Issues in Public Relations – Propaganda

Posted on February 1, 2010


Tony Blair and the Chilcot Inquiry

Just days before the Chilcot Inquiry and media attention is really heating up. The press is questioning whether or not we will finally hear the truth from Tony Blair. Unlikely, but I did read an article in the Evening Standard, written by Sam Leith, who offered his somewhat controversial view of the case. He said “an examination that will change no minds, offer no comfort, have no effect on the war continuing, and offer no prospect of justice or resolution.” Is it best we forget the whole thing, the spin and propaganda, the false accusations, and the victims who needlessly lost their lives? Of course not, we deserve to hear the truth and if the entry into the Iraq war was illegal, then those responsible should finally face the consequences.

Hans Blix headed the UN investigation into the search for weapons of mass destruction (WMD) in Iraq. Speaking in relation to their investigation, in 2003 Blix said “The commission has not at any time during the inspections in Iraq found evidence of the continuation or resumption of programmes of weapons of mass destruction or significant quantities of proscribed items, whether from pre-1991 or later.” This information completely contradicted the spin emanating from the British Government. Prior to the Coalition forces invading Iraq, Blair spoke on many occasions of his certainty that WMD existed, and while speaking in the House of Commons, he said “we will stand up for what we know to be right; to show that we will confront the tyrannies and dictatorships and terrorists who put our way of life at risk; to show, at the moment of decision, that we have the courage to do the right thing.”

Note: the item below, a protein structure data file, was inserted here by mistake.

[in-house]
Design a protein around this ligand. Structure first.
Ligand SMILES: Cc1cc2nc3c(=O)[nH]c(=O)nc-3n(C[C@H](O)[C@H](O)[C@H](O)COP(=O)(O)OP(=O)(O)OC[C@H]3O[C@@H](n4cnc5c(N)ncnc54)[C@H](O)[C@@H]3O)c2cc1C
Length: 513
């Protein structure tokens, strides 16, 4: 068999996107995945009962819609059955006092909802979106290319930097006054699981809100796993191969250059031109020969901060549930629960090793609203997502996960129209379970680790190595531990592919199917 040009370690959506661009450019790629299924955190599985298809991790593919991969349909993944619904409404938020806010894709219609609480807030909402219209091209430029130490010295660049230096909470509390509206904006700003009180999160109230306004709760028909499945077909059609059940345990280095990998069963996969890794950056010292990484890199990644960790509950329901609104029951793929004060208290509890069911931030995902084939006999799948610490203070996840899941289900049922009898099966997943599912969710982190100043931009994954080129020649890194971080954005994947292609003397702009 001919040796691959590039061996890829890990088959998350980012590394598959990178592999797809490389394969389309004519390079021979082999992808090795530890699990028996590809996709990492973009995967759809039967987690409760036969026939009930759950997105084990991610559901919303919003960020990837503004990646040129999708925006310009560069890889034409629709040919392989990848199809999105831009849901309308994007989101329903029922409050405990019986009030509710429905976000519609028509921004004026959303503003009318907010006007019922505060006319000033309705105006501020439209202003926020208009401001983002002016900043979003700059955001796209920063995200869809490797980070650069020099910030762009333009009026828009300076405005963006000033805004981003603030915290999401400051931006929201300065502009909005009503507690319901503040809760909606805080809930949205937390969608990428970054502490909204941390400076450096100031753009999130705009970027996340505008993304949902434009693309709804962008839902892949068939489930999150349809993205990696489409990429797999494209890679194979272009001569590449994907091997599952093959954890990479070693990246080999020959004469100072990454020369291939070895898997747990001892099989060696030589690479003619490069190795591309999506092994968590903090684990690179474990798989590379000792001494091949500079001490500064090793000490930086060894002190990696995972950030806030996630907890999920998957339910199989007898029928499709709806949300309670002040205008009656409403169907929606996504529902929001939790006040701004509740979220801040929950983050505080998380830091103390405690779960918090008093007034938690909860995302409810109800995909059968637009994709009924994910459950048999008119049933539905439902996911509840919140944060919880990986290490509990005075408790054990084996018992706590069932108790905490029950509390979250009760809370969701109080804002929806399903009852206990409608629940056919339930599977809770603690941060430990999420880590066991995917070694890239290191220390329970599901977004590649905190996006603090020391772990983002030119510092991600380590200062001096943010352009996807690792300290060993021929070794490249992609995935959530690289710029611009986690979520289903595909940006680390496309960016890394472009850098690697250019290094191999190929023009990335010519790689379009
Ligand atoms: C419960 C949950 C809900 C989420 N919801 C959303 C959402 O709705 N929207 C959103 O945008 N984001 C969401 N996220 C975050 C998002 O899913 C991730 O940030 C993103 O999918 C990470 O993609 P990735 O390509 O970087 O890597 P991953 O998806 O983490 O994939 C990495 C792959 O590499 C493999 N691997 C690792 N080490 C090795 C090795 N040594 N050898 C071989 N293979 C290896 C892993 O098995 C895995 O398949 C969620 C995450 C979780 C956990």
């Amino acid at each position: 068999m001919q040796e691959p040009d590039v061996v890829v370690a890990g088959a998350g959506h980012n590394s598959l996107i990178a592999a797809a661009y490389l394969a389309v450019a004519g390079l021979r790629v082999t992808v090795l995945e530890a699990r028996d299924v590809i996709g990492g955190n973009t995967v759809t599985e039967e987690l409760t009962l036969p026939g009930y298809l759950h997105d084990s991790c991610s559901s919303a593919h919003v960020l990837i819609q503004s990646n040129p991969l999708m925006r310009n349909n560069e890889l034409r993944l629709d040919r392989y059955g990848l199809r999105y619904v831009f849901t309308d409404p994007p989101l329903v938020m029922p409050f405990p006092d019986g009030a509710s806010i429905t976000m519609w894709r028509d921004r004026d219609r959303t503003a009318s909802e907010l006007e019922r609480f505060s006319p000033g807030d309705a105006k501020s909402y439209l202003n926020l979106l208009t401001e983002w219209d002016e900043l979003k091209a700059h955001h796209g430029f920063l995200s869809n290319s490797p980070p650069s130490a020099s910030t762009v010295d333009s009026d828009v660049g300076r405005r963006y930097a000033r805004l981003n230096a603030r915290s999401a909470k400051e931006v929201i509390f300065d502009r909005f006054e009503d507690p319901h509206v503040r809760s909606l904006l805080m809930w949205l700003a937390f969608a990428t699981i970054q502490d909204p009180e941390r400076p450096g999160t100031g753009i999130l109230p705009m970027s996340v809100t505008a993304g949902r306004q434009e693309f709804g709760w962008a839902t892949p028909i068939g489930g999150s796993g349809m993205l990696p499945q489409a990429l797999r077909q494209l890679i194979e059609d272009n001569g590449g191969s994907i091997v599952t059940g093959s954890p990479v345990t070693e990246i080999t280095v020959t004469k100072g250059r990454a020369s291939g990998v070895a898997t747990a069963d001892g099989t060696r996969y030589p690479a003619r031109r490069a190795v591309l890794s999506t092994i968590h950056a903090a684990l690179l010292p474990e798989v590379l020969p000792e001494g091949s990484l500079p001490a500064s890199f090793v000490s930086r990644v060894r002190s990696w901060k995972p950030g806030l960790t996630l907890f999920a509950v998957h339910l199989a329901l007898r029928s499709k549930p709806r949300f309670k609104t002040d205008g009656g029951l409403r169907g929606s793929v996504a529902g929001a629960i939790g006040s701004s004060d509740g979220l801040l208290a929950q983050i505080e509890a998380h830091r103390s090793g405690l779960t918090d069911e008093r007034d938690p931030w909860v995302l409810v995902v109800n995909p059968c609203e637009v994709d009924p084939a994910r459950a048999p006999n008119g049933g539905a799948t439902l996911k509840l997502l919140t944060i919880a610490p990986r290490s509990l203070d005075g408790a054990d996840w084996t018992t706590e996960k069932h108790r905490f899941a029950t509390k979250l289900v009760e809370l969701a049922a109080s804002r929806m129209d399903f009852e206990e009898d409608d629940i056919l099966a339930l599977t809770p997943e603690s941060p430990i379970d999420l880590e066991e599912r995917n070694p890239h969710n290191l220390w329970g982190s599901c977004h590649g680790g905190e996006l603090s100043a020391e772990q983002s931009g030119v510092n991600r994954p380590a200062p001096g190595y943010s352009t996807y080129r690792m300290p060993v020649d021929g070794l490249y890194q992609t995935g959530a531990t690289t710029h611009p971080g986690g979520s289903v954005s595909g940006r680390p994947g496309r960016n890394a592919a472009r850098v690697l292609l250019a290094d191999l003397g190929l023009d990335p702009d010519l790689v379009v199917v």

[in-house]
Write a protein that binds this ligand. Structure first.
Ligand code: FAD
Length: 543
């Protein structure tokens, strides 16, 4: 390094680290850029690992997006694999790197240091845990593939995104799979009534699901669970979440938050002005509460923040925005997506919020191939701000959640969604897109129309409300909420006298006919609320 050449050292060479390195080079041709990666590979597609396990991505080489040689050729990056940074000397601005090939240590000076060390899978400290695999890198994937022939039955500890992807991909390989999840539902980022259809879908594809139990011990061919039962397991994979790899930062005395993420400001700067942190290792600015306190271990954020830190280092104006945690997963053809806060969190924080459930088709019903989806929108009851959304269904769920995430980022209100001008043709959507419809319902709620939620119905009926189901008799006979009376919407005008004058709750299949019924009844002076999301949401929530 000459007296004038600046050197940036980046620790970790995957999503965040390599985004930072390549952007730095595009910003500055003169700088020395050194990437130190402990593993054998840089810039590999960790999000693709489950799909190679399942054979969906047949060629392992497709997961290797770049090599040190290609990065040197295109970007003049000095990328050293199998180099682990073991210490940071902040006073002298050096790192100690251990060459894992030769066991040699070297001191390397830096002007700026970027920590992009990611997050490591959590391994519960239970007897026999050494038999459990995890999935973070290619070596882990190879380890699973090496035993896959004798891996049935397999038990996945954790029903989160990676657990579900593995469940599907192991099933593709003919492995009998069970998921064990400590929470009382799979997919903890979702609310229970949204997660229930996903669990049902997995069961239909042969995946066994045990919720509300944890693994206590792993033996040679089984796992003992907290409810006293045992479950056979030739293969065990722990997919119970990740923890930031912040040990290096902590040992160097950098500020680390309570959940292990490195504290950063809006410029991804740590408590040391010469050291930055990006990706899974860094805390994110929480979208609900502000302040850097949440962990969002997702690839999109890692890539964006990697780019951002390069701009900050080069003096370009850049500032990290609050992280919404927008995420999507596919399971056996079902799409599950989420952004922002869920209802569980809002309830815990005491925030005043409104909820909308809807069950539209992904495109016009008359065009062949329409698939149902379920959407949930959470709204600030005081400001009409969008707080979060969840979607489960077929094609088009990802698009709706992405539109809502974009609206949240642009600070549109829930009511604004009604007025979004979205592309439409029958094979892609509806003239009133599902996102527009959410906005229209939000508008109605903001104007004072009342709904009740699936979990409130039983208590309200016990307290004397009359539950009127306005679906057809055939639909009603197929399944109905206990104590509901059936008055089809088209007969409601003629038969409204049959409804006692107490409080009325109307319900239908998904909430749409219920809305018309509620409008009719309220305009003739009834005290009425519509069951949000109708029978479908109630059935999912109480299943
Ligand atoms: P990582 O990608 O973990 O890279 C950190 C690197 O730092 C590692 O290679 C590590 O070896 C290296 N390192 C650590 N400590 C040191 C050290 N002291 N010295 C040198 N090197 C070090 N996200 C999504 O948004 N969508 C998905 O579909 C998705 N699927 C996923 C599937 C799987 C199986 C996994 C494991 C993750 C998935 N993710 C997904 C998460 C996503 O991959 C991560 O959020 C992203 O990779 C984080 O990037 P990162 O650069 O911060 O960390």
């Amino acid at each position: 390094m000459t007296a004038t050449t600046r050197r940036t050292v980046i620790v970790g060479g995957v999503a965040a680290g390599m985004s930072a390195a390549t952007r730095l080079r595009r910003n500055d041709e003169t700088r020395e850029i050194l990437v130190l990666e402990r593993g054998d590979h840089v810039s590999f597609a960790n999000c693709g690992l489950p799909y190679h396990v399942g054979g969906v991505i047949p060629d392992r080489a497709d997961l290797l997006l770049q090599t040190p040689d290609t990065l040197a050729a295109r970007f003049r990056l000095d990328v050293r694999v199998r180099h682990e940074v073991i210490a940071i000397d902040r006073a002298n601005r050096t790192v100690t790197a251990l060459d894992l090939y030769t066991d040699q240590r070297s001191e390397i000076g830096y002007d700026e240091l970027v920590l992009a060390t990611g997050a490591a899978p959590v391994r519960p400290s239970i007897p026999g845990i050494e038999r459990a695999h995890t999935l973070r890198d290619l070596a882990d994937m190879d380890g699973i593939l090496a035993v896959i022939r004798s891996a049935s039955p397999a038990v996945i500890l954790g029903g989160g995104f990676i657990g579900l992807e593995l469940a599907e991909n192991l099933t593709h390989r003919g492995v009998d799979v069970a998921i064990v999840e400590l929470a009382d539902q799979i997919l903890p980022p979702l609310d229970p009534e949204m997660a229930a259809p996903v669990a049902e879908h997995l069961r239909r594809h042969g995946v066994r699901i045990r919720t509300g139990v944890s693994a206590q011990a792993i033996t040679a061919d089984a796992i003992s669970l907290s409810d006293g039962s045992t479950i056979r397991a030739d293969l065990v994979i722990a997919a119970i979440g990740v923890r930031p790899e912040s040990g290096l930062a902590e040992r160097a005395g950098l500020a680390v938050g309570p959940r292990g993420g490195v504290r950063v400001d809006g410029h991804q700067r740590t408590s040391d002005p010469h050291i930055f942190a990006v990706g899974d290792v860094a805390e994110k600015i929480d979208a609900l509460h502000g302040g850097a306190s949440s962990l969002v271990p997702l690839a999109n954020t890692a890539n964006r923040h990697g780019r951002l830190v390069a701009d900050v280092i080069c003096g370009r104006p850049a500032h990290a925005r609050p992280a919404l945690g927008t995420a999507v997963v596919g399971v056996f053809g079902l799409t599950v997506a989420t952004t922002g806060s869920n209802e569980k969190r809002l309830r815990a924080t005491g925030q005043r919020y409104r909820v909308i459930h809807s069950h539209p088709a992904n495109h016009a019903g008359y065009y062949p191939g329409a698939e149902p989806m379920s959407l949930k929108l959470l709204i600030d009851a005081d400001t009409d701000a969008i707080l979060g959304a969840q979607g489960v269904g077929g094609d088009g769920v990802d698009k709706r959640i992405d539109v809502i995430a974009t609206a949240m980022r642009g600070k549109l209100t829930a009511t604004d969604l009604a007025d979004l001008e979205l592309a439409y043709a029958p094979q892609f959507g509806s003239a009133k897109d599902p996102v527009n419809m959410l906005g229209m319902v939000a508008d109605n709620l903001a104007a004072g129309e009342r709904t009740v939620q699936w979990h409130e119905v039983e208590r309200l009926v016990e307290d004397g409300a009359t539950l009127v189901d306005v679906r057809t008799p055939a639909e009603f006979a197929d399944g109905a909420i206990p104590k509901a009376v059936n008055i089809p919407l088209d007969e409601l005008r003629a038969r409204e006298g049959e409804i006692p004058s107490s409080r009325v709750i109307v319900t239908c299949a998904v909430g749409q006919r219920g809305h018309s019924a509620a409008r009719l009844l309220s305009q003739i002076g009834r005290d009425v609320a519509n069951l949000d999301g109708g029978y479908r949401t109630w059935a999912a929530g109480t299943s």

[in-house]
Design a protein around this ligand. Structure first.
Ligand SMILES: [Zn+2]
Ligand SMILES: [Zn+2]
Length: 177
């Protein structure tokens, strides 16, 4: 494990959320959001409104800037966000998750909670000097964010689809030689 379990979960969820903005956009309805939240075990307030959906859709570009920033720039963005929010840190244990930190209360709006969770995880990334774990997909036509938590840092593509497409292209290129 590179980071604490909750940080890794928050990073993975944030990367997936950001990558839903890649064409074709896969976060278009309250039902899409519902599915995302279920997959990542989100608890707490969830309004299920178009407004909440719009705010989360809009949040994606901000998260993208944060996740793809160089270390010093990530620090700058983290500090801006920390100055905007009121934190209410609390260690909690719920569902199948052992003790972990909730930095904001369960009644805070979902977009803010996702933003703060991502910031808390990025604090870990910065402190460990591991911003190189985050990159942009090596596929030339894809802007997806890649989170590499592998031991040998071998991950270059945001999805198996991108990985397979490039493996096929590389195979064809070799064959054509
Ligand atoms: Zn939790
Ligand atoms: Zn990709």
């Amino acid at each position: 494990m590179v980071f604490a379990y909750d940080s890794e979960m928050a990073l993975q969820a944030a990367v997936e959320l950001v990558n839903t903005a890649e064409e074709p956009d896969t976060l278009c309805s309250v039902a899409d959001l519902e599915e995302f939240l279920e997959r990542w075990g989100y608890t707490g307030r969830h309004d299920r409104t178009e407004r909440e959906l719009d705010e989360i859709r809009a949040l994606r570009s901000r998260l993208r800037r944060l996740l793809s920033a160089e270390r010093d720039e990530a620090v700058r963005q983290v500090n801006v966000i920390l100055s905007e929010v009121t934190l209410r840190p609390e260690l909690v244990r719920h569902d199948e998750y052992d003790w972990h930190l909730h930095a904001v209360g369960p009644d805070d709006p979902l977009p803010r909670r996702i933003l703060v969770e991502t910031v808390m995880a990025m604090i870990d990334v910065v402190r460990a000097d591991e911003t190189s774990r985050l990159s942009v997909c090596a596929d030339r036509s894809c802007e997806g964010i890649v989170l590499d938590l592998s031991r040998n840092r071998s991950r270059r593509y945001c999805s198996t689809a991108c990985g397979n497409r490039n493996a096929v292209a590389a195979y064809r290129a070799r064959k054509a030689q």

We await with interest the revelations that will surely come as a result of this inquiry, and expect that all those involved in the decision making process at the time will be given an opportunity to explain their position in relation to the decision to go to war.

Posted in: Spin